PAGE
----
Society Needs Religious Organizations That Transcend the Political
The Roman Catholic Church has been under veritable government attack in Connecticut, and its travails highlight the need for religious organizations, Catholic and otherwise, to be selective and to tread carefully with political activism:
The Roman Catholic Diocese of Bridgeport sued Connecticut officials in federal court Friday, after being told it needs to register as a lobbyist to hold rallies and use its Web site to oppose legislation.
The move is the latest chapter in tensions between the Catholic Church and the state over issues including gay marriage, emergency contraception and giving parishioners more control over church finances.
As I’ve suggested before, the Church should undertake some institutional introspection and then strongly delineate its role in American society. Having done so, it should stand its ground, whatever tricks or overreaches government officials should attempt. That means proving itself not to be a lobbyist and providing concrete examples of its approach to society’s challenges apart from government intervention; the more religious and other groups permit of (even foist on) government, the more those groups are going to become petitioners, rather than coequals.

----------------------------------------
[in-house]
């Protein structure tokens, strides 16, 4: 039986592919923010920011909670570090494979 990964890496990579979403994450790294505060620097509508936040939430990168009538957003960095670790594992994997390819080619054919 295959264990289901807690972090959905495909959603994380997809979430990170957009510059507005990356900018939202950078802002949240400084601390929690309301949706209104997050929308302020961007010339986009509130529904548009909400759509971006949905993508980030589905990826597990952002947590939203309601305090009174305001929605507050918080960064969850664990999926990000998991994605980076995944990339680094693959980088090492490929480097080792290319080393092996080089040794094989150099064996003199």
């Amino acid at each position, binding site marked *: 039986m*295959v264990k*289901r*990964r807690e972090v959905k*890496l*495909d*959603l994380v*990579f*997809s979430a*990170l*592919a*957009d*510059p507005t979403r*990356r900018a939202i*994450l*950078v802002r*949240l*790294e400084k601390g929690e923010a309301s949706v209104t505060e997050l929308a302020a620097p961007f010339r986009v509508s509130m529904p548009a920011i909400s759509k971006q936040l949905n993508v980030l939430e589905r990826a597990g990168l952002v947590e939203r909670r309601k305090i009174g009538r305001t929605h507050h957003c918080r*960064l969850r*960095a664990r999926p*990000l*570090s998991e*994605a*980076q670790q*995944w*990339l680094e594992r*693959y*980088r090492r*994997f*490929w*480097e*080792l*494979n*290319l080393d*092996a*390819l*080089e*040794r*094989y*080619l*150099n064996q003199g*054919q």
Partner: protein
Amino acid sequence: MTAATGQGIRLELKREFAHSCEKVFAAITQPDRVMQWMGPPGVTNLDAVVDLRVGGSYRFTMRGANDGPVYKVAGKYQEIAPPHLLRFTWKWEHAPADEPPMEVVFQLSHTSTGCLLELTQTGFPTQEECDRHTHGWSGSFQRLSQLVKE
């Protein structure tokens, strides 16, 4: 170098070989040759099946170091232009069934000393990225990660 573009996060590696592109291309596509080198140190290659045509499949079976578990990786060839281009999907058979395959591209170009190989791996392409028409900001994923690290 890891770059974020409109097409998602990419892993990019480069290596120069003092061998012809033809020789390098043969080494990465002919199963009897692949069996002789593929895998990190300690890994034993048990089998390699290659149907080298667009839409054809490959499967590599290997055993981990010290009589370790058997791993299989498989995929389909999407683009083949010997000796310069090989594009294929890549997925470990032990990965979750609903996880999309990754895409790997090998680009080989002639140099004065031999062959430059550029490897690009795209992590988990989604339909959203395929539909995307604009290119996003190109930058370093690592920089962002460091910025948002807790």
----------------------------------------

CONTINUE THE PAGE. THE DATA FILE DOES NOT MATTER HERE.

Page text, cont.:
The dangers of a strategy that is more accommodating of big government initiatives are visible in the Church’s current legal battle in Connecticut:
The ethics office, the diocese says, is claiming the diocese acted as a lobbyist by taking part in a March 11 rally at the state Capitol against a church finances bill, which would have given church lay members more power over parish finances. The bill was actually withdrawn by Judiciary Committee leaders before the rally and officially killed a week after the protest.
The diocese also says ethics officials are further claiming that the diocese acted as a lobbyist when it made statements on its Web site urging members to contact their state lawmakers to oppose the finances bill and another bill on same-sex marriage.
Consider the precedents. In one instance, a powerful apolitical organization under unconstitutional attack from its state government held a show of its influence. In the other instance, the Church communicated how its teachings would apply to its members activity as engaged citizens. It tightens the totalitarian clamp to permit the principle that an aggressive government can require registration of and the imposition of lobbying regulations on its targets as they defend themselves.